Job Execution Priority¶
The scheduler gives each job an execution priority and then uses this job execution priority to select which job(s) to run.
Job execution priority on Anselm is determined by these job properties (in order of importance):
- queue priority
- fair-share priority
- eligible time
Queue priority is the priority of the queue in which the job is waiting prior to execution.
Queue priority has the biggest impact on job execution priority. The execution priority of jobs in higher priority queues is always greater than the execution priority of jobs in lower priority queues. Other properties of jobs used for determining the job execution priority (fair-share priority, eligible time) cannot compete with queue priority.
Queue priorities can be seen here.
Fair-share priority is priority calculated on the basis of recent usage of resources. Fair-share priority is calculated per project, all members of a project sharing the same fair-share priority. Projects with higher recent usage have a lower fair-share priority than projects with lower or no recent usage.
Fair-share priority is used for ranking jobs with equal queue priority.
Fair-share priority is calculated as
where MAX_FAIRSHARE has value 1E6, usageProject is accumulated usage by all members of a selected project, usageTotal is total usage by all users, across all projects.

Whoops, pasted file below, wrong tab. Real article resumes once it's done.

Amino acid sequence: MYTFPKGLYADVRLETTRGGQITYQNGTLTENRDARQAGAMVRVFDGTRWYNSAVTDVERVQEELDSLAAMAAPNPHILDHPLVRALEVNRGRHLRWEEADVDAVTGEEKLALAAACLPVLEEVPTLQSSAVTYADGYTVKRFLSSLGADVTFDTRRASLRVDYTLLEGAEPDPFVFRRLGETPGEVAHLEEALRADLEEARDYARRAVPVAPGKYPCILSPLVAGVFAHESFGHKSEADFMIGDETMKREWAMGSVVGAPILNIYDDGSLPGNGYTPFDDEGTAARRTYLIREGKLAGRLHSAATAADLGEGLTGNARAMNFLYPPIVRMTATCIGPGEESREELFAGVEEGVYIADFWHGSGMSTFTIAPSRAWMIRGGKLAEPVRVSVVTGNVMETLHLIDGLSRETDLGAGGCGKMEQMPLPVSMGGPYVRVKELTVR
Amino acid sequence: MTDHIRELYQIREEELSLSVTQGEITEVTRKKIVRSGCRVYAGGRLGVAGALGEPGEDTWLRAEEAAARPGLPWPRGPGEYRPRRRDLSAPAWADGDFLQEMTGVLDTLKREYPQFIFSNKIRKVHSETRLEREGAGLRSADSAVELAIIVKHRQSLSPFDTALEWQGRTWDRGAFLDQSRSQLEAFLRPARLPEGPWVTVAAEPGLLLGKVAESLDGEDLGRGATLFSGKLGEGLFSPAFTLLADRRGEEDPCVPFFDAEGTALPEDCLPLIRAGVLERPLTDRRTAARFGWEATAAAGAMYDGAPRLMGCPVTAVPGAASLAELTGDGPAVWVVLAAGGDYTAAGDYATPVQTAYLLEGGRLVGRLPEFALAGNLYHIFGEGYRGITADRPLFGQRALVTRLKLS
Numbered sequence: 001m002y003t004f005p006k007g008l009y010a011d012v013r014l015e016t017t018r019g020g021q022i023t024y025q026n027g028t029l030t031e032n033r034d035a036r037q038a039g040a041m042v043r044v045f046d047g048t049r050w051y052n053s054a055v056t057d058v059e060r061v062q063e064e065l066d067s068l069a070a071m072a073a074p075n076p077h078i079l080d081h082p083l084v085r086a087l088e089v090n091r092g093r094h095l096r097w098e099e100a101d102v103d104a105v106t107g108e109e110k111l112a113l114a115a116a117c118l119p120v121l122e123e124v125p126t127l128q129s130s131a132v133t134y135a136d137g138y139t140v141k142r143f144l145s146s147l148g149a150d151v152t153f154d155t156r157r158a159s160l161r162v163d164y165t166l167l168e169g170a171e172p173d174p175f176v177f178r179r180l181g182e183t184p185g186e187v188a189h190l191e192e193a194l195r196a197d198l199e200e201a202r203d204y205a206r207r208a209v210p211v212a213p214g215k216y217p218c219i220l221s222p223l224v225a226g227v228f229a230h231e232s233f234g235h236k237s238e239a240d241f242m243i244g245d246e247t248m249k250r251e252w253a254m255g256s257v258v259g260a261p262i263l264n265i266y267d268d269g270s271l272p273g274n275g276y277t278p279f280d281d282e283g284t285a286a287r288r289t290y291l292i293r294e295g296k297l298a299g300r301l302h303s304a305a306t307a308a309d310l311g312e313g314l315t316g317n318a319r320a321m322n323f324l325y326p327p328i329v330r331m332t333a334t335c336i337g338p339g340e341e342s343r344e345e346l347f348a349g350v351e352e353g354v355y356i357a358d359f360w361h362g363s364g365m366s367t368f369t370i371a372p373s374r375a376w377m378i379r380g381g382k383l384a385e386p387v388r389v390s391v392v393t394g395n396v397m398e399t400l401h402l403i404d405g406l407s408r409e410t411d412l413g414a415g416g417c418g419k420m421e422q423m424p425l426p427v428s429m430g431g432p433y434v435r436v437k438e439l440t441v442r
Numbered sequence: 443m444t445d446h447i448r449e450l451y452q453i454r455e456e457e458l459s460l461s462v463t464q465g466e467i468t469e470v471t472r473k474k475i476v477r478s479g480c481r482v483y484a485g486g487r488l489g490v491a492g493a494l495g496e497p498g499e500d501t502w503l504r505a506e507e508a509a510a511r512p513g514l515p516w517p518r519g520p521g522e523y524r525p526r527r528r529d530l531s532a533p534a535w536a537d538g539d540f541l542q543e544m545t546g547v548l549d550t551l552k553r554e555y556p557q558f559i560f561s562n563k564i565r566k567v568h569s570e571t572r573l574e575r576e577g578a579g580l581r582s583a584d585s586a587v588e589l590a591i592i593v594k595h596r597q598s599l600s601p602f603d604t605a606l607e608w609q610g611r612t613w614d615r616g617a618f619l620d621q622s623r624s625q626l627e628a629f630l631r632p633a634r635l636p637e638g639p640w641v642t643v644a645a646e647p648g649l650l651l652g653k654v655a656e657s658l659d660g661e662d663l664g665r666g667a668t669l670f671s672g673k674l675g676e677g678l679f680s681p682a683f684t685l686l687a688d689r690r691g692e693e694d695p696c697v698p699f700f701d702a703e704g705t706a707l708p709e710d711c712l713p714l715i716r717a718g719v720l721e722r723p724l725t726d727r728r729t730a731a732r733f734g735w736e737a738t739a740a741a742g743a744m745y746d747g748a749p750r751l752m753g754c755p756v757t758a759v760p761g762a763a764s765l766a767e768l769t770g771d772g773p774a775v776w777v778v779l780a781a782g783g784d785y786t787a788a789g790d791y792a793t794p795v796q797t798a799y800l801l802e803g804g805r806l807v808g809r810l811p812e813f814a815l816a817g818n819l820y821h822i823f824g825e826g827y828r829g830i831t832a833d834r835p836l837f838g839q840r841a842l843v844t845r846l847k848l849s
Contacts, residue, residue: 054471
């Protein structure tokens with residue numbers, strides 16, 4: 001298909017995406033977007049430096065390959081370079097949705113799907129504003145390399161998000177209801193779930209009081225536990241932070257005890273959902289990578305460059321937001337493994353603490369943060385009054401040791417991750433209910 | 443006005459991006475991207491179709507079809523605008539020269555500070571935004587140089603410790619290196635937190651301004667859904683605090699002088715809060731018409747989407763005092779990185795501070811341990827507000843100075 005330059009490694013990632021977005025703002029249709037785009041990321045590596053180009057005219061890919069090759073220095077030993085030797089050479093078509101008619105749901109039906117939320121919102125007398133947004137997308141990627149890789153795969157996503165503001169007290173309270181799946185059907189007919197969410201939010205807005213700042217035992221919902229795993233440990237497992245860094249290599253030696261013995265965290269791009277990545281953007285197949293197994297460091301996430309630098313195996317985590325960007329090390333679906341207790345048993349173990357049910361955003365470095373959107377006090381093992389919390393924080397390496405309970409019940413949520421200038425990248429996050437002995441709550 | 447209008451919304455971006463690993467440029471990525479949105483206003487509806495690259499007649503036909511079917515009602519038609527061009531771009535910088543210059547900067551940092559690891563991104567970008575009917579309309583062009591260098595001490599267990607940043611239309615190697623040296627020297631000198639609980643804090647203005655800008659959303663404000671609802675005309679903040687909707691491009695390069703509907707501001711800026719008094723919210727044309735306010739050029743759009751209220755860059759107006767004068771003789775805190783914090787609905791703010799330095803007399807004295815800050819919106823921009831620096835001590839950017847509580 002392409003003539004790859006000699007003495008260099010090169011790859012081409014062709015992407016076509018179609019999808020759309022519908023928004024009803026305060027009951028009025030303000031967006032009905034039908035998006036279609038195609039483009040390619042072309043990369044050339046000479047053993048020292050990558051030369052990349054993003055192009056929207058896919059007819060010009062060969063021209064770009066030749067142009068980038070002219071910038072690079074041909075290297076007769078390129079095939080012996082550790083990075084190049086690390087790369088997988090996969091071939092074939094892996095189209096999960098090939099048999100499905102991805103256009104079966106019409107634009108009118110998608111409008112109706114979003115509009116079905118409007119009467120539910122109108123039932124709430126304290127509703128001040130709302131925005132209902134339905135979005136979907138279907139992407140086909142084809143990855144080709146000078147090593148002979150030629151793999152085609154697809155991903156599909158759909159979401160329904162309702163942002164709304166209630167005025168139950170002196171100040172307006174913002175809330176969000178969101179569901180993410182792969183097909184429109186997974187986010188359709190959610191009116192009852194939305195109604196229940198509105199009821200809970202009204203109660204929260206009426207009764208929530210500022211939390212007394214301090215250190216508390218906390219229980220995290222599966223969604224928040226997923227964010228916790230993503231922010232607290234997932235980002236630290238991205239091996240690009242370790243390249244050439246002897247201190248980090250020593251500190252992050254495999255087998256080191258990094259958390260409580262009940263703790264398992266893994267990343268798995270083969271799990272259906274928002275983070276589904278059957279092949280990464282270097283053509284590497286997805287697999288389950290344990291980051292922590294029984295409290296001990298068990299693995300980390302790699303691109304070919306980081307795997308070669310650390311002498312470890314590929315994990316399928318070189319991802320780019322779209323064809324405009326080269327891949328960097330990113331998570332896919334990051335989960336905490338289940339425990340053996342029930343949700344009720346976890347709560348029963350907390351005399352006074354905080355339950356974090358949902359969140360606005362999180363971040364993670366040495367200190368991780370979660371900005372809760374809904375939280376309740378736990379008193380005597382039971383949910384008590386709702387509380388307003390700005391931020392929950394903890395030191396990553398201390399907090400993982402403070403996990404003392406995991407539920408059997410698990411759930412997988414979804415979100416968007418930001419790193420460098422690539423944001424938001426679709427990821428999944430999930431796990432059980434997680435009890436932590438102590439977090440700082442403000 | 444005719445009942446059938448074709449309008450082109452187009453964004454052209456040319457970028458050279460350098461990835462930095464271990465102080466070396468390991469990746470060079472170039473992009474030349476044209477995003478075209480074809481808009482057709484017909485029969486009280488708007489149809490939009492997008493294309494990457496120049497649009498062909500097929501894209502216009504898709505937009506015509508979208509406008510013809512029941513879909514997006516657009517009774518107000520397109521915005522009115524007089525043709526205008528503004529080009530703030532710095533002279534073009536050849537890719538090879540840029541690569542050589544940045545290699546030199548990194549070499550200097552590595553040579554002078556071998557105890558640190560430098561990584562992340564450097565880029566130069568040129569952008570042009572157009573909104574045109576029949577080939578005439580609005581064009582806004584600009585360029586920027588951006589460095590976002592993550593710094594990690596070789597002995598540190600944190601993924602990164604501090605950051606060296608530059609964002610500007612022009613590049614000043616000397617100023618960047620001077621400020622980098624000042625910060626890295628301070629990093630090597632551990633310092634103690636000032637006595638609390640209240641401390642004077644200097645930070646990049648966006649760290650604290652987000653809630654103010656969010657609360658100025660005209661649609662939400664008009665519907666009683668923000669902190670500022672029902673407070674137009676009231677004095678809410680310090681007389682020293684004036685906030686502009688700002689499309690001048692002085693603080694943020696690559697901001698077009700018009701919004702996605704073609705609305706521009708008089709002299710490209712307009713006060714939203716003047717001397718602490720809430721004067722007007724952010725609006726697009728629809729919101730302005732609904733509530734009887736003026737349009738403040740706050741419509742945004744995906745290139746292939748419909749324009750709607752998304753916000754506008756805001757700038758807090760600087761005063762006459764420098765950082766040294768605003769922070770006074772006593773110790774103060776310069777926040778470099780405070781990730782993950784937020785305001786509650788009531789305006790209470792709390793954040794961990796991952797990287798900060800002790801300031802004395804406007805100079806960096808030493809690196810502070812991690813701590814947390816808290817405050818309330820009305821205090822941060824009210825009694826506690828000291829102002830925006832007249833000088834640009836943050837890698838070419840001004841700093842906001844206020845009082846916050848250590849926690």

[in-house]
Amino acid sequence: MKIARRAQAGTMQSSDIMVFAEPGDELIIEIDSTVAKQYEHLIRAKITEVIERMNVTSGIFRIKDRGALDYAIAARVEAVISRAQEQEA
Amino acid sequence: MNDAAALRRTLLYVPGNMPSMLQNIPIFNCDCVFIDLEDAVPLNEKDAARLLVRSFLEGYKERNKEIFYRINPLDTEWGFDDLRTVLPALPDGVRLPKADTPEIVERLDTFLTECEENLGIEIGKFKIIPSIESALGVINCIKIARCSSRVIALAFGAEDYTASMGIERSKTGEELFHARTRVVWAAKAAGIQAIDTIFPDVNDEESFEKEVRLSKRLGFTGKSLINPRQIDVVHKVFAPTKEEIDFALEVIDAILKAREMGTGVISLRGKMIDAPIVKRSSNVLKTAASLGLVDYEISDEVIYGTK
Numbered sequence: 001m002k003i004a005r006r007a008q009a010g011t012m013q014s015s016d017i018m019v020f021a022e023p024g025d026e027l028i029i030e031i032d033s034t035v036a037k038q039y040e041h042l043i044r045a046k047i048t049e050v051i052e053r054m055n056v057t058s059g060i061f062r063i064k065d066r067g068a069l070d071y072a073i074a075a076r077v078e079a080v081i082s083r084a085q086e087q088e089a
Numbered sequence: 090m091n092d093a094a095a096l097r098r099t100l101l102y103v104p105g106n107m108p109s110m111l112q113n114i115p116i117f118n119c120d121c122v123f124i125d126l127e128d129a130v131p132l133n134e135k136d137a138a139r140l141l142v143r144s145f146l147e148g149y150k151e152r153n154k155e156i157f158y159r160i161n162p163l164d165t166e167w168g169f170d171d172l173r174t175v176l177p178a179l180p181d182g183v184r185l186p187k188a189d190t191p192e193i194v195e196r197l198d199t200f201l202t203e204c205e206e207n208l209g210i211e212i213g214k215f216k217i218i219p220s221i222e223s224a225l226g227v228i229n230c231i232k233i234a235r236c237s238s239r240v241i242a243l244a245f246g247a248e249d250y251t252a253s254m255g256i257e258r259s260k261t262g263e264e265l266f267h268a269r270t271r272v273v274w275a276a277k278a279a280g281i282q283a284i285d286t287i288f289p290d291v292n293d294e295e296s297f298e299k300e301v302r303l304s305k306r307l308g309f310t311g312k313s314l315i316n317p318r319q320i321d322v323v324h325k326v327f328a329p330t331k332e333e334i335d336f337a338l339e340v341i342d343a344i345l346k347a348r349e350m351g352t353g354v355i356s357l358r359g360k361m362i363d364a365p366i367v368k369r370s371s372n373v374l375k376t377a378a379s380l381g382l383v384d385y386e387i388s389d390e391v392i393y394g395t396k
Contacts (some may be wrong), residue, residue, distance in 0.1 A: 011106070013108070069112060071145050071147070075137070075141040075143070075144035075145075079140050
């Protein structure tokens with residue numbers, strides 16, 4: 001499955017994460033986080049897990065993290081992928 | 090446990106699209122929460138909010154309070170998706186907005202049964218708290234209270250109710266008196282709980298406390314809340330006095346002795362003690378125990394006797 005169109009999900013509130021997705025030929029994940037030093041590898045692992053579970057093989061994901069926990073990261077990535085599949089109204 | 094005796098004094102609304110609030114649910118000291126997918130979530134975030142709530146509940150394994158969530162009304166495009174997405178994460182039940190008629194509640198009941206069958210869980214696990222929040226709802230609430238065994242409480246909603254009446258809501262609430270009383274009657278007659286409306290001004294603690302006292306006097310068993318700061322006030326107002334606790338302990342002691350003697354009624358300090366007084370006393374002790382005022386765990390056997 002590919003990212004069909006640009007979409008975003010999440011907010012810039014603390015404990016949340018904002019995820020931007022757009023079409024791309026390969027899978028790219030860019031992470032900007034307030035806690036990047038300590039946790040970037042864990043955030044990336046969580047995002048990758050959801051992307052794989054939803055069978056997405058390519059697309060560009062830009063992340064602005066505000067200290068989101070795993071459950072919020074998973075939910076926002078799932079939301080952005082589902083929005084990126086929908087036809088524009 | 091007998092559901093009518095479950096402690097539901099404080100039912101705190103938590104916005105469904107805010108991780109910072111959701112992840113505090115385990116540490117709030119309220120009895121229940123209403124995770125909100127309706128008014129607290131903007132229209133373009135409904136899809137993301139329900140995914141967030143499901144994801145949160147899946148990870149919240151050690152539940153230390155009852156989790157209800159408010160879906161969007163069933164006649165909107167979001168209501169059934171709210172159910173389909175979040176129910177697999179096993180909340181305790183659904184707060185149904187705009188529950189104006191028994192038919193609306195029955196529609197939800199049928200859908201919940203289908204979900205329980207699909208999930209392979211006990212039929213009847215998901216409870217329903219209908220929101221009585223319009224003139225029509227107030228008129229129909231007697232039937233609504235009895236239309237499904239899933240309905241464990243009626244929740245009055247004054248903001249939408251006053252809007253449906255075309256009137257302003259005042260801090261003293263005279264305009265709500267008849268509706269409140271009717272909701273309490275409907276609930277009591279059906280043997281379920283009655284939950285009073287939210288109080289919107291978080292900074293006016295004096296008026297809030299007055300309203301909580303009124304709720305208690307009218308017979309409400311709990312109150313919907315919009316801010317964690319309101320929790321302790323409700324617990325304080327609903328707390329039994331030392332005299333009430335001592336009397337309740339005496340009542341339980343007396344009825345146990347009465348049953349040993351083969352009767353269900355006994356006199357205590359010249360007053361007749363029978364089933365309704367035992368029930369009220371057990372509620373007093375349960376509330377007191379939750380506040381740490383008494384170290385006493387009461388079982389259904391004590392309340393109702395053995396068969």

Usage counts allocated core-hours (
ncpus x walltime). Usage decays, halving at intervals of 168 hours (one week).
Jobs queued in the queue qexp are not used to calculate the project's usage.
Calculated usage and fair-share priority can be seen here.
Calculated fair-share priority can be also be seen in the Resource_List.fairshare attribute of a job.
Eligible time is the amount (in seconds) of eligible time a job accrues while waiting to run. Jobs with higher eligible time gain higher priority.
Eligible time has the least impact on execution priority. Eligible time is used for sorting jobs with equal queue priority and fair-share priority. It is very, very difficult for eligible time to compete with fair-share priority.
Eligible time can be seen in the eligible_time attribute of job.
Job execution priority (job sort formula) is calculated as:
The Anselm cluster uses job backfilling.
Backfilling means fitting smaller jobs around the higher-priority jobs that the scheduler is going to run next, in such a way that the higher-priority jobs are not delayed. Backfilling allows us to keep resources from becoming idle when the top job (the job with the highest execution priority) cannot run.
The scheduler makes a list of jobs to run in order of execution priority. The scheduler looks for smaller jobs that can fit into the usage gaps around the highest-priority jobs in the list. The scheduler looks in the prioritized list of jobs and chooses the highest-priority smaller jobs that fit. Filler jobs are run only if they will not delay the start time of top jobs.
This means that jobs with lower execution priority can be run before jobs with higher execution priority.
It is very beneficial to specify the walltime when submitting jobs.
Specifying more accurate walltime enables better scheduling, better execution times, and better resource usage. Jobs with suitable (small) walltime can be backfilled - and overtake job(s) with a higher priority.